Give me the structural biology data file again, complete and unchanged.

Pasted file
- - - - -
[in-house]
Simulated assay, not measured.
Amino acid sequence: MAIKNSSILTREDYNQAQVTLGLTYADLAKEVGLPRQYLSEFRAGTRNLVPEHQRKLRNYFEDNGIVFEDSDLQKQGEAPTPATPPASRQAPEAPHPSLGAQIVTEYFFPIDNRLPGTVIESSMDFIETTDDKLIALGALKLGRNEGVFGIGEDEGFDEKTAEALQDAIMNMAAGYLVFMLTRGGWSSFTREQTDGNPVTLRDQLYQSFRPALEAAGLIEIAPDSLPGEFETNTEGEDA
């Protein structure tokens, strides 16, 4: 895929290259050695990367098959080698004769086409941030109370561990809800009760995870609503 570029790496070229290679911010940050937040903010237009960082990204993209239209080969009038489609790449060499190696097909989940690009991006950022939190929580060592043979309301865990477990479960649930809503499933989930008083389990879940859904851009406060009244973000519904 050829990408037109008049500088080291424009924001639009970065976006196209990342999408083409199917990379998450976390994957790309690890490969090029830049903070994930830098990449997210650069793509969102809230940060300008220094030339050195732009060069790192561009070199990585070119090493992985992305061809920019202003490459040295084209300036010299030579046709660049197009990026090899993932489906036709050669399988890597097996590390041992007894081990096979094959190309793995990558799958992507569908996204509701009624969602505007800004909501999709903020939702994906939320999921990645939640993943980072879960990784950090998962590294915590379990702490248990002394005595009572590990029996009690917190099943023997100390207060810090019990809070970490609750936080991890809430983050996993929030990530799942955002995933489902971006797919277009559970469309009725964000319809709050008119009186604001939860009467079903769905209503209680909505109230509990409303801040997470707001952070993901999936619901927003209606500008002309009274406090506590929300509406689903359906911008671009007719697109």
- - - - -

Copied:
[in-house]
Simulated assay, not measured.
Amino acid sequence: MAIKNSSILTREDYNQAQVTLGLTYADLAKEVGLPRQYLSEFRAGTRNLVPEHQRKLRNYFEDNGIVFEDSDLQKQGEAPTPATPPASRQAPEAPHPSLGAQIVTEYFFPIDNRLPGTVIESSMDFIETTDDKLIALGALKLGRNEGVFGIGEDEGFDEKTAEALQDAIMNMAAGYLVFMLTRGGWSSFTREQTDGNPVTLRDQLYQSFRPALEAAGLIEIAPDSLPGEFETNTEGEDA
């Protein structure tokens, strides 16, 4: 895929290259050695990367098959080698004769086409941030109370561990809800009760995870609503 570029790496070229290679911010940050937040903010237009960082990204993209239209080969009038489609790449060499190696097909989940690009991006950022939190929580060592043979309301865990477990479960649930809503499933989930008083389990879940859904851009406060009244973000519904 050829990408037109008049500088080291424009924001639009970065976006196209990342999408083409199917990379998450976390994957790309690890490969090029830049903070994930830098990449997210650069793509969102809230940060300008220094030339050195732009060069790192561009070199990585070119090493992985992305061809920019202003490459040295084209300036010299030579046709660049197009990026090899993932489906036709050669399988890597097996590390041992007894081990096979094959190309793995990558799958992507569908996204509701009624969602505007800004909501999709903020939702994906939320999921990645939640993943980072879960990784950090998962590294915590379990702490248990002394005595009572590990029996009690917190099943023997100390207060810090019990809070970490609750936080991890809430983050996993929030990530799942955002995933489902971006797919277009559970469309009725964000319809709050008119009186604001939860009467079903769905209503209680909505109230509990409303801040997470707001952070993901999936619901927003209606500008002309009274406090506590929300509406689903359906911008671009007719697109």